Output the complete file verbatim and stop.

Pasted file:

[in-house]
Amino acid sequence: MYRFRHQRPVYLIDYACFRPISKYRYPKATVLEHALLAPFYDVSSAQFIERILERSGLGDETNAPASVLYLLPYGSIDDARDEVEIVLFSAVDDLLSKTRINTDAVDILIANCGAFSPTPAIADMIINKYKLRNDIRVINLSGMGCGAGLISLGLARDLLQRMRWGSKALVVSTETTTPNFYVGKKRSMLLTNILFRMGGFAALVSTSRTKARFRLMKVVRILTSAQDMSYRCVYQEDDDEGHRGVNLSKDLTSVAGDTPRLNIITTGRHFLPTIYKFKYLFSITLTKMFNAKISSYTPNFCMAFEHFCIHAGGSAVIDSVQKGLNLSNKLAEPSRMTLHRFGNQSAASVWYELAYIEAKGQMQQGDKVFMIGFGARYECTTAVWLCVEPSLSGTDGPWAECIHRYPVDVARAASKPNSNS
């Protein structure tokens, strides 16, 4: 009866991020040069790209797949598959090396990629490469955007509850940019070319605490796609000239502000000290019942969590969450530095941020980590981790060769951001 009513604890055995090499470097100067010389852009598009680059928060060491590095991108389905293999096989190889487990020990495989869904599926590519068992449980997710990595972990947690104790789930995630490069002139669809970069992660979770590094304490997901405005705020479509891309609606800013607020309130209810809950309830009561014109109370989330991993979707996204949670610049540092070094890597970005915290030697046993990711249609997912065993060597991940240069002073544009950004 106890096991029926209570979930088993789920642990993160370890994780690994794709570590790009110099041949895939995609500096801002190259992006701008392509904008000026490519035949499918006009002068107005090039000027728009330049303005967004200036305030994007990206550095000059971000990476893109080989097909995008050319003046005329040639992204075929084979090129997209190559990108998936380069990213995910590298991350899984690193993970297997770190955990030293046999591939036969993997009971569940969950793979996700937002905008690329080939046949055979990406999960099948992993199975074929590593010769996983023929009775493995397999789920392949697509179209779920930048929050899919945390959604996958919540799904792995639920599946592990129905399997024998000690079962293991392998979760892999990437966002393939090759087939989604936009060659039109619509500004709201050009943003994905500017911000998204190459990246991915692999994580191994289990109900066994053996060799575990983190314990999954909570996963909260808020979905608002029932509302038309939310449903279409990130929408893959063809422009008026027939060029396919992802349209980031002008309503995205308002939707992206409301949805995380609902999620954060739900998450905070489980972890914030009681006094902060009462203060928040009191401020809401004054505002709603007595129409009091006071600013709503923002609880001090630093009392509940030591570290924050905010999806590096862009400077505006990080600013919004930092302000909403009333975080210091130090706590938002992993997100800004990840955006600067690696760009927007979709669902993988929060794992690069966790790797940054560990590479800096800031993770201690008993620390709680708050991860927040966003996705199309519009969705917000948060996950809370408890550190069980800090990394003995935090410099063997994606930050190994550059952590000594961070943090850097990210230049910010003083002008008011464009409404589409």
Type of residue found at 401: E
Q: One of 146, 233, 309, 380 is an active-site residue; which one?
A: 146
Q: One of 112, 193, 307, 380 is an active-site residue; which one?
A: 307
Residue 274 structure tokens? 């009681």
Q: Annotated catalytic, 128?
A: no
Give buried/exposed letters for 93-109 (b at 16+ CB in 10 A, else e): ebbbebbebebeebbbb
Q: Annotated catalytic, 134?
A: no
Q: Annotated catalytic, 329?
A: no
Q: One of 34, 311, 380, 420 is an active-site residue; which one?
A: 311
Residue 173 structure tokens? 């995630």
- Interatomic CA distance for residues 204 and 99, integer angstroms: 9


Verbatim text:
[in-house]
Amino acid sequence: MYRFRHQRPVYLIDYACFRPISKYRYPKATVLEHALLAPFYDVSSAQFIERILERSGLGDETNAPASVLYLLPYGSIDDARDEVEIVLFSAVDDLLSKTRINTDAVDILIANCGAFSPTPAIADMIINKYKLRNDIRVINLSGMGCGAGLISLGLARDLLQRMRWGSKALVVSTETTTPNFYVGKKRSMLLTNILFRMGGFAALVSTSRTKARFRLMKVVRILTSAQDMSYRCVYQEDDDEGHRGVNLSKDLTSVAGDTPRLNIITTGRHFLPTIYKFKYLFSITLTKMFNAKISSYTPNFCMAFEHFCIHAGGSAVIDSVQKGLNLSNKLAEPSRMTLHRFGNQSAASVWYELAYIEAKGQMQQGDKVFMIGFGARYECTTAVWLCVEPSLSGTDGPWAECIHRYPVDVARAASKPNSNS
């Protein structure tokens, strides 16, 4: 009866991020040069790209797949598959090396990629490469955007509850940019070319605490796609000239502000000290019942969590969450530095941020980590981790060769951001 009513604890055995090499470097100067010389852009598009680059928060060491590095991108389905293999096989190889487990020990495989869904599926590519068992449980997710990595972990947690104790789930995630490069002139669809970069992660979770590094304490997901405005705020479509891309609606800013607020309130209810809950309830009561014109109370989330991993979707996204949670610049540092070094890597970005915290030697046993990711249609997912065993060597991940240069002073544009950004 106890096991029926209570979930088993789920642990993160370890994780690994794709570590790009110099041949895939995609500096801002190259992006701008392509904008000026490519035949499918006009002068107005090039000027728009330049303005967004200036305030994007990206550095000059971000990476893109080989097909995008050319003046005329040639992204075929084979090129997209190559990108998936380069990213995910590298991350899984690193993970297997770190955990030293046999591939036969993997009971569940969950793979996700937002905008690329080939046949055979990406999960099948992993199975074929590593010769996983023929009775493995397999789920392949697509179209779920930048929050899919945390959604996958919540799904792995639920599946592990129905399997024998000690079962293991392998979760892999990437966002393939090759087939989604936009060659039109619509500004709201050009943003994905500017911000998204190459990246991915692999994580191994289990109900066994053996060799575990983190314990999954909570996963909260808020979905608002029932509302038309939310449903279409990130929408893959063809422009008026027939060029396919992802349209980031002008309503995205308002939707992206409301949805995380609902999620954060739900998450905070489980972890914030009681006094902060009462203060928040009191401020809401004054505002709603007595129409009091006071600013709503923002609880001090630093009392509940030591570290924050905010999806590096862009400077505006990080600013919004930092302000909403009333975080210091130090706590938002992993997100800004990840955006600067690696760009927007979709669902993988929060794992690069966790790797940054560990590479800096800031993770201690008993620390709680708050991860927040966003996705199309519009969705917000948060996950809370408890550190069980800090990394003995935090410099063997994606930050190994550059952590000594961070943090850097990210230049910010003083002008008011464009409404589409």
Type of residue found at 401: E
Q: One of 146, 233, 309, 380 is an active-site residue; which one?
A: 146
Q: One of 112, 193, 307, 380 is an active-site residue; which one?
A: 307
Residue 274 structure tokens? 């009681």
Q: Annotated catalytic, 128?
A: no
Give buried/exposed letters for 93-109 (b at 16+ CB in 10 A, else e): ebbbebbebebeebbbb
Q: Annotated catalytic, 134?
A: no
Q: Annotated catalytic, 329?
A: no
Q: One of 34, 311, 380, 420 is an active-site residue; which one?
A: 311
Residue 173 structure tokens? 């995630």
- Interatomic CA distance for residues 204 and 99, integer angstroms: 9